||Terror inquiry snares art exhibit
FBI seizes material intended for Mass MoCA display on genetically modified food; four artists subpoenaed
By TIMOTHY CAHILL, Staff writer
Sunday, June 13, 2004
NORTH ADAMS, Mass. -- Visitors to "The Interventionists" exhibit at MASS MoCA are greeted by a sight unusual even for the cutting-edge art museum. One of the galleries in the show devoted to contemporary political art is oddly vacant, dominated by empty tables and a sign explaining that the materials intended for the display have been impounded by the FBI.
The seized materials, including simple bacteria, have become part of a case that some feel is pitting artistic expression against the sweeping anti-terrorism powers of the federal government. In addition to confiscating the makings of the art installation, federal officials have subpoenaed the artists involved in the work and may be pursuing charges of biological terrorism.
The computers, test tubes, laboratory instruments and other supplies not on view were intended for an installation titled "Free Range Grains," part of the exhibition "The Interventionists," on view at MASS MoCA through next spring. The installation, designed to draw attention to genetic modifications in food, was created by Steve Kurtz, a founder of the artist collaborative Critical Art Ensemble. The materials were taken from Kurtz's Buffalo home last month.
Kurtz and three other members of CAE have been ordered to appear before a grand jury in Buffalo on Tuesday.
Kurtz's attorney, Paul J. Cambria Jr., called the proceedings "preposterous" and an assault on the First Amendment.
FBI spokesman Paul Moskal said the investigation, which involved quarantining Kurtz's home and the participation of some three dozen workers in protective clothing, "isn't an art question at all. For us this was a public-safety issue."
Federal authorities became involved on May 11, following the death of Kurtz's wife, Hope, of heart failure. Emergency personnel responding to Kurtz's home noticed the laboratory equipment the University at Buffalo art professor uses in his installations, became suspicious and notified the FBI.
The equipment was to have been used at MASS MoCA to conduct simple experiments on food products to determine if they contained GMOs, genetically modified organisms. Critical Art Ensemble has staged such performative-art installations in this country and Europe to call attention to the proliferation of food-related biotechnology.
According to news reports, the FBI also seized samples of three relatively benign bacteria used to demonstrate the presence of manipulated genes in common food items. Erie County health officials later reported they had tested Kurtz's possessions and found nothing to endanger the public.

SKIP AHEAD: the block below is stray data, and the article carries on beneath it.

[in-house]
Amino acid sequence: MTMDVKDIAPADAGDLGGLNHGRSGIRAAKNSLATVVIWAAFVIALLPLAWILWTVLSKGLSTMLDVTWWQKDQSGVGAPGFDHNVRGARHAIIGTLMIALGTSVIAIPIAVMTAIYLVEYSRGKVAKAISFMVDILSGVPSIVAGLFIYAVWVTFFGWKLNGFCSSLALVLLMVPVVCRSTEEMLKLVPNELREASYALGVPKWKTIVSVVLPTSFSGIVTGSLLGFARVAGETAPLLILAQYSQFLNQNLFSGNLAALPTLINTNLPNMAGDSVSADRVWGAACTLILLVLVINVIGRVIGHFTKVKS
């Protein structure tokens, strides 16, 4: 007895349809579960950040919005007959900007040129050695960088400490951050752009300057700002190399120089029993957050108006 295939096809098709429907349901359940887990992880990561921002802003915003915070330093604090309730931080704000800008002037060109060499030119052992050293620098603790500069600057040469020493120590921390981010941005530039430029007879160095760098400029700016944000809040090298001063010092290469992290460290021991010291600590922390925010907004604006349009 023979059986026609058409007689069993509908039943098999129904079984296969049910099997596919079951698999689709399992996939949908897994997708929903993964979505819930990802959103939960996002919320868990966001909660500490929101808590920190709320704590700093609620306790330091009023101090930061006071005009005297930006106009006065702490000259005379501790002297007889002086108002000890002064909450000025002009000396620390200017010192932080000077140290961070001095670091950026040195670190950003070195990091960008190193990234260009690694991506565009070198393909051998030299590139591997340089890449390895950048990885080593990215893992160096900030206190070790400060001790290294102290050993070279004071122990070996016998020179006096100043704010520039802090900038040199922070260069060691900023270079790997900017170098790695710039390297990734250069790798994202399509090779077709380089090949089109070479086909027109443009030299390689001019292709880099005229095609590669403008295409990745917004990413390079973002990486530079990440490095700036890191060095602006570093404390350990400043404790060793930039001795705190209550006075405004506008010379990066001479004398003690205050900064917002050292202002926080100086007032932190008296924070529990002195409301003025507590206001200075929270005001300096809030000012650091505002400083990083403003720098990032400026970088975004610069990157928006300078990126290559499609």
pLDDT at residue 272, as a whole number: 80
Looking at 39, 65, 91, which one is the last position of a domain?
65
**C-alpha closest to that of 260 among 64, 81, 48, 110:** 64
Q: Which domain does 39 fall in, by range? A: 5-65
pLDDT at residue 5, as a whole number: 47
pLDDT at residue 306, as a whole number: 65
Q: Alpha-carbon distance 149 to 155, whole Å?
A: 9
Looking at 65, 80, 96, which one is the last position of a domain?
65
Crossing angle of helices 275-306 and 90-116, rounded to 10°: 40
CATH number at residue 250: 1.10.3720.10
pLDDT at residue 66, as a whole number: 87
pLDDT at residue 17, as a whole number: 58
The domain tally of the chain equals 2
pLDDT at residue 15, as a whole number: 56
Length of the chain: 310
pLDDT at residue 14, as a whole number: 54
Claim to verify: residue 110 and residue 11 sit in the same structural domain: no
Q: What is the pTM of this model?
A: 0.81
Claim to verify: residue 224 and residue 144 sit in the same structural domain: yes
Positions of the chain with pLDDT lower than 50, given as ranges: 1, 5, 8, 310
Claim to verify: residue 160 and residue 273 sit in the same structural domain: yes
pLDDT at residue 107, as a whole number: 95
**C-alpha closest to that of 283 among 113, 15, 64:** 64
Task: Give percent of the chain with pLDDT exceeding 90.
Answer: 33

The FBI referred the case to U.S. Attorney William J. Hochul Jr., chief of the anti-terrorism unit in western New York. Hochul would not comment on the Kurtz investigation, and no charges have been filed to date.
But reports from individuals interviewed by federal authorities, including other members of CAE served with subpoenas, say the tone of questioning suggests Hochul is attempting to build a case against Kurtz as a bio-terrorist. Beatriz de Costa, a member of the CAE collective, told The New York Times the grand jury is looking into "possession of biological agents."
On the advice of his lawyer Cambria, Kurtz is not available for comment.
Cambria has fought other notorious First Amendment cases, most notably defending Hustler magazine Publisher Larry Flynt in the Supreme Court. "It's dead-bang a First Amendment case," Cambria said of the Kurtz situation. He described Kurtz as "simply an artist with a critical message."
"Trying to make a case that he's really a terrorist is bull," Cambria said. "The country is conditioned for suspicion and paranoia -- 9/11 makes it ripe for the government to find a terrorist under every leaf."
At MASS MoCA, the "Free Range Grains" gallery features the empty lab tables and four posters on the back wall. The posters contain photographs of genetically modified foods captioned with familiar corporate slogans. An image of a tomato, for instance, reads, "We bring good things to life."
At the gallery entrance, a text panel explaining why the installation is incomplete states, in part, "the lab equipment used for 'Free Range Grains' could not be successfully used for the production and weaponization of any germs dangerous to humans or animals."
Gregory Sholette, a volunteer with the Critical Art Ensemble Defense Fund and the author of an essay in the "Interventionist" catalog, said letters of support for Kurtz have been coming in from artists around the country. Speaking of federal investigators, he said, "I think they got their foot stuck in a hole. Instead of pulling it out, they're digging deeper."
He said a demonstration for CAE and artistic freedom is planned for Tuesday at the federal court house in Buffalo.